“There was no authority for the court to make that [Roe] decision,” Donohue asserted. “That was an example of judicial imperialism and this is a man who also makes utilitarian decisions instead of constitutional decisions.
“He substituted his own politics for legal reasoning and to that extent, his legacy, I believe is a sorry one.”
In remarks posted Jan. 17 on the Vatican Web site, Cardinal John O'Connor of New York summed up the consequences of Roe v. Wade.
“The horror of abortion itself provides more than enough ‘drama.’ In the United States today, annually since the infamous Roe v. Wade Supreme Court ruling of 1973, approximately 1,500,000 unborn babies are destroyed. The estimate since 1973 is a total of 30,000,000 babies. The overall destructiveness of the single action of abortion defies calculation, in terms of the lives of countless numbers of mothers, fathers, siblings, abortionists and assistants. Only the baby dies. The mother and others often live or try to live with souls churning with guilt, minds in turmoil, normal patterns of behavior turned upside down.”
Glendon pointed out that, in terms of its legal argument, Roe had not stood the test of time: “The fact is that the Supreme Court has repudiated much of Roe v. Wade,” not by overturning its effects but because it has “understood that it was faulty” in its expansive understanding of the privacy right.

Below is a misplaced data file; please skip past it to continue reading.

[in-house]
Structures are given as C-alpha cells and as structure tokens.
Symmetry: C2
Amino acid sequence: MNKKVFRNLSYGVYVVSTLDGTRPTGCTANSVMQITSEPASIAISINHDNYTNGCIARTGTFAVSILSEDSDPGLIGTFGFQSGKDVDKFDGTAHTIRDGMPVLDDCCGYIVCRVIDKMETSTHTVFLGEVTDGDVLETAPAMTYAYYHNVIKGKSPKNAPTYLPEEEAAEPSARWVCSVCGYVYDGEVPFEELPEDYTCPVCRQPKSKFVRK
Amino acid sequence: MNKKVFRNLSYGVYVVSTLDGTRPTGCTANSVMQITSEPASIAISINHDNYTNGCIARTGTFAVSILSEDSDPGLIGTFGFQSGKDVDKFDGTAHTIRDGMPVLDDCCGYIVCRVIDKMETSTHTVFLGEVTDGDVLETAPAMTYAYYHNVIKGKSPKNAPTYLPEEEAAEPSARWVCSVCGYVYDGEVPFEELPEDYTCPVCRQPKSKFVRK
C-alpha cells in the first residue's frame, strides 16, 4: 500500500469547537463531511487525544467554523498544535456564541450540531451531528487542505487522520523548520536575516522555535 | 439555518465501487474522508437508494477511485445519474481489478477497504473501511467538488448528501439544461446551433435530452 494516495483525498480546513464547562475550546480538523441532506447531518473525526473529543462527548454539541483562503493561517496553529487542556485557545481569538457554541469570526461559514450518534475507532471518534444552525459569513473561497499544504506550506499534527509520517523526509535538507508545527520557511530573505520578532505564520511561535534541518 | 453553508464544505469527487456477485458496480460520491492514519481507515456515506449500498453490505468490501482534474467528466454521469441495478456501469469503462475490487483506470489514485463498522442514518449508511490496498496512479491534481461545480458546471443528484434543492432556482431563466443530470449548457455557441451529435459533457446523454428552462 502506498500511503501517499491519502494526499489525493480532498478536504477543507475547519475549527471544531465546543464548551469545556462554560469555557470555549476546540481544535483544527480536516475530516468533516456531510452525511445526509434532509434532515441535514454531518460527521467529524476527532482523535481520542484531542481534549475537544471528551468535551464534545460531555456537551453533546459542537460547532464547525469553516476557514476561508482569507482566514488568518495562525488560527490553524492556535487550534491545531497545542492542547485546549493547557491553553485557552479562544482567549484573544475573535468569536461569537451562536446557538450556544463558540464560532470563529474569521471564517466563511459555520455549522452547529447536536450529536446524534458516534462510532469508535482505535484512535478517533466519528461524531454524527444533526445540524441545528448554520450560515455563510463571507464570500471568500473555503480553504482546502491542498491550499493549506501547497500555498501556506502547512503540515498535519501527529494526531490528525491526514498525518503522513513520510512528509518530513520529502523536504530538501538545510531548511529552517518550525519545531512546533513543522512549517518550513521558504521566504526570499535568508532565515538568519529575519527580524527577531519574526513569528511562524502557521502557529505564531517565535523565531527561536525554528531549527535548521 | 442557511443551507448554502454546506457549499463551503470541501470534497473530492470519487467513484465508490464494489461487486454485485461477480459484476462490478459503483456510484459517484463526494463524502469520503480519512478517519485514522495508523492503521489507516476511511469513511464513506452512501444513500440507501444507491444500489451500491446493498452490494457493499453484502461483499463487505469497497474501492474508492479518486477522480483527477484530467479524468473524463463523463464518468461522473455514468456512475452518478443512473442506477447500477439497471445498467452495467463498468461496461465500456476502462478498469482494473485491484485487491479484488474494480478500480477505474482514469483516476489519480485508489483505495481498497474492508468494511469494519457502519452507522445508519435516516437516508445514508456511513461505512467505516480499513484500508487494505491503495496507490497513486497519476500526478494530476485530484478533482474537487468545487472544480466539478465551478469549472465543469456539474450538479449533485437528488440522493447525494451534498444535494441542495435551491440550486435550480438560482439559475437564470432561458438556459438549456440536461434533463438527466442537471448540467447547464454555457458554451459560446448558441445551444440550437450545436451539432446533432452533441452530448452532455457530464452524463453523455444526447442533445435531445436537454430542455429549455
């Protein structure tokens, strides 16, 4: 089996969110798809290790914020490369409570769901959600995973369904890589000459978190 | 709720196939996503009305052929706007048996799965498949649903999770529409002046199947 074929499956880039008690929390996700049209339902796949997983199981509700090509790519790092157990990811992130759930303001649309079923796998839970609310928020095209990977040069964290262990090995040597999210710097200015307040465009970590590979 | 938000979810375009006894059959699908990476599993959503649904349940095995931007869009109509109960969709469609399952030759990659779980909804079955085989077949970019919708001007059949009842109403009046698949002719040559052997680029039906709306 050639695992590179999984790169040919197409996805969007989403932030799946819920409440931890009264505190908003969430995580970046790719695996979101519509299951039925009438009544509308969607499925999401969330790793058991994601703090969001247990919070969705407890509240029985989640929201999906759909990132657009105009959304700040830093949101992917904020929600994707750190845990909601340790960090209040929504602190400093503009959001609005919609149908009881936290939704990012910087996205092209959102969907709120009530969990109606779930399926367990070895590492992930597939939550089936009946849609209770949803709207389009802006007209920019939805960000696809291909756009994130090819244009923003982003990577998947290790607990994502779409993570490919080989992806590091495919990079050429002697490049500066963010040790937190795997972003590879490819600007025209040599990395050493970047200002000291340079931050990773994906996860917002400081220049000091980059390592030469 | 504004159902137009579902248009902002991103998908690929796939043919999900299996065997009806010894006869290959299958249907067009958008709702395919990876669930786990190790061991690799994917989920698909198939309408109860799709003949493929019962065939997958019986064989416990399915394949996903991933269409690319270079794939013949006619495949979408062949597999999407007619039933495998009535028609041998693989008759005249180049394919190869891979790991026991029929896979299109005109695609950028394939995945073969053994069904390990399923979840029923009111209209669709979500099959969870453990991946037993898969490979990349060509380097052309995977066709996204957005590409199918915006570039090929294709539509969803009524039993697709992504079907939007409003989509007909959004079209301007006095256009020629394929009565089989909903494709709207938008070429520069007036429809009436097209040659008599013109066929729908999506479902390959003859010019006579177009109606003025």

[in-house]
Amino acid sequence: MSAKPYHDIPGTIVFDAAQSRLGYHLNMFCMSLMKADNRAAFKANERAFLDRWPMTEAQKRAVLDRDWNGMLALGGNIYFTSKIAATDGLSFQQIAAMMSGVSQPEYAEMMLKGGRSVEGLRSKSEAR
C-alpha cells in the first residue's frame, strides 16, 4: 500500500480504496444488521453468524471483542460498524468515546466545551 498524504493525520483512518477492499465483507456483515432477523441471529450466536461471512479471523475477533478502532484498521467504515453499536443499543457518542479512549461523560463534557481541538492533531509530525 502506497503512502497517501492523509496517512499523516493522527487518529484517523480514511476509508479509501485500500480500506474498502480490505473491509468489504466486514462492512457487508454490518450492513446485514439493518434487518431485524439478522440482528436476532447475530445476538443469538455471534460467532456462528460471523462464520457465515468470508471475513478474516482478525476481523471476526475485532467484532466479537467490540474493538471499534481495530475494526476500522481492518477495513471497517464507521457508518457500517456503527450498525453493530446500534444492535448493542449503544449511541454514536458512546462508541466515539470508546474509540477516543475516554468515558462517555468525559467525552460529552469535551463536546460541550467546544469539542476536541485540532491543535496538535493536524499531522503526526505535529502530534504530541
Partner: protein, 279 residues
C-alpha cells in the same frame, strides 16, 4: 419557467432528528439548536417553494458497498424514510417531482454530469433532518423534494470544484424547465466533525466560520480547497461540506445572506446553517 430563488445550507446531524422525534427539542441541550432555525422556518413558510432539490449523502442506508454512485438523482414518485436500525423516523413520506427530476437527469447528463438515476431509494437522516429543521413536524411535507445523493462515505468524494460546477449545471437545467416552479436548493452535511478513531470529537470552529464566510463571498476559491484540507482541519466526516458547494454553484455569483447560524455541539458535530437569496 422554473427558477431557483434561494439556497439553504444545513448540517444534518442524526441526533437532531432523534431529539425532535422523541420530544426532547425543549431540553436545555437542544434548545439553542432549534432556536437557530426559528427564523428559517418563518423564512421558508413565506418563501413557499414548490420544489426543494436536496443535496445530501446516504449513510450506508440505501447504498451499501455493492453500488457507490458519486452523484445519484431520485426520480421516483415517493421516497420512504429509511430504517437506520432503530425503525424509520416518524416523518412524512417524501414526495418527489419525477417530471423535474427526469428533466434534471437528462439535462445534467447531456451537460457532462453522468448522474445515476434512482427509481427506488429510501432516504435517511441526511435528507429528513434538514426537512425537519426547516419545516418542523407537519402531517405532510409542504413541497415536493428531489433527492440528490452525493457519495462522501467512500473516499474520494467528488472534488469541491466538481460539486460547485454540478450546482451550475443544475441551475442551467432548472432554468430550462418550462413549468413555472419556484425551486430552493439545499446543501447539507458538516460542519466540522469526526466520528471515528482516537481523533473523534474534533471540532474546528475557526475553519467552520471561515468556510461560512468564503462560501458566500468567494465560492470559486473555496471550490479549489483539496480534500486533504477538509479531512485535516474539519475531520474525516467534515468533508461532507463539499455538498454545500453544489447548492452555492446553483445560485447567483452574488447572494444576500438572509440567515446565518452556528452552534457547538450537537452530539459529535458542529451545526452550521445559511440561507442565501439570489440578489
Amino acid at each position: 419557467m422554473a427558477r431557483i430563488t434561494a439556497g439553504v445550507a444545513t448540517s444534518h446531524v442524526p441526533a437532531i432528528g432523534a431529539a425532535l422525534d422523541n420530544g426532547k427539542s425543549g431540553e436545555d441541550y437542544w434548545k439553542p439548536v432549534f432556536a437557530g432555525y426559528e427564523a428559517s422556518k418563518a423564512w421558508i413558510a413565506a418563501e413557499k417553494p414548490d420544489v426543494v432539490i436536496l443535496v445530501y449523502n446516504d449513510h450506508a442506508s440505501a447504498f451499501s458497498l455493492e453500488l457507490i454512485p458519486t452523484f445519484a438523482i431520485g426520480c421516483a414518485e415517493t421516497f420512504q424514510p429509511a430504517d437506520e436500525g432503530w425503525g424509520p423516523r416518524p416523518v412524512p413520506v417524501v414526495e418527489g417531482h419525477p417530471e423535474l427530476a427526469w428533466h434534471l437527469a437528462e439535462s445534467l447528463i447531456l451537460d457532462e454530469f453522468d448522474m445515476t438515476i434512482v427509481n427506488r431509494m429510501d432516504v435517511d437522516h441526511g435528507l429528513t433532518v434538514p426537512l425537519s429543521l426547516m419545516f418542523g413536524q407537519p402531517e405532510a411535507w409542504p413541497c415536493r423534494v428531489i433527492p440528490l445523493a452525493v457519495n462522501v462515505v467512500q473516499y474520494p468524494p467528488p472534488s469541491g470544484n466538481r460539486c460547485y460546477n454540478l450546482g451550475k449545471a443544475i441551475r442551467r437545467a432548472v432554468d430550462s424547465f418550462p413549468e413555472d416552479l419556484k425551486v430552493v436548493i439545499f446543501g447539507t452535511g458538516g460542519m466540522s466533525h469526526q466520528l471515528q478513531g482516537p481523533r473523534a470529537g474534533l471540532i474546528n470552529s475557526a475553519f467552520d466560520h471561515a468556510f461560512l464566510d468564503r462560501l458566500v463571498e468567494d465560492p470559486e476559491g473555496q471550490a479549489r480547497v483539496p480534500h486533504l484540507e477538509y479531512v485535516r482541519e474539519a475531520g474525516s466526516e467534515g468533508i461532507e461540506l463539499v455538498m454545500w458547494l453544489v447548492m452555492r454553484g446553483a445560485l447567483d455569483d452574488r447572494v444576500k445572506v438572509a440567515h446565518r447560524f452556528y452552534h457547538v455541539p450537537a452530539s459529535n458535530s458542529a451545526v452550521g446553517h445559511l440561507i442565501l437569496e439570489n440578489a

Joan Andrews Bell, who has been arrested more than 200 times for civil disobedience at abortion clinics, said of Blackmun, “I have been praying for him for a long time. He saw the arguments against abortion but” rejected them. She said the Supreme Court brushed aside medical testimony about when human life begins.
Chris Andrews Bell, director of Good Counsel Homes, and Joan's husband, added that it is “very sad that [Blackmun] will be remembered as the author of the most brutal decision in the history of mankind, giving rise to the downward slope of the culture of death.”
“Another soul to pray for,” was the reaction of Jason Kenney, chairman of the Canadian Parliamentary Pro-Life Caucus. “He was a living symbol of the principle shot fired in the culture war.”
“His decision in Roe v. Wade became a reference point for courts in many other developed countries which took its cue in legalizing abortion on demand,” added Kenney, a Reform Party member who represents part of Calgary. “Certainly his decision was used as a cue by the Canadian Supreme Court in creating the wide-open abortion regime” here.
In his 1973 written opinion, Blackmun was forthright about his reasons for wanting abortions to increase. He wrote that “there is the distress for all concerned, associated with the unwanted child, and there is the problem of bringing a child into a family already unable, psychologically and otherwise, to care for it.”
Before his retirement, Blackmun reversed his long-held support for the death penalty, saying he would oppose it in all cases because he felt it was being applied unfairly. In several death penalty appeals reviewed by the court during his final term, he voted to overturn sentences, but was overruled each time by a majority of the justices.
Geraldine Hemmings is an associate editor of the Register.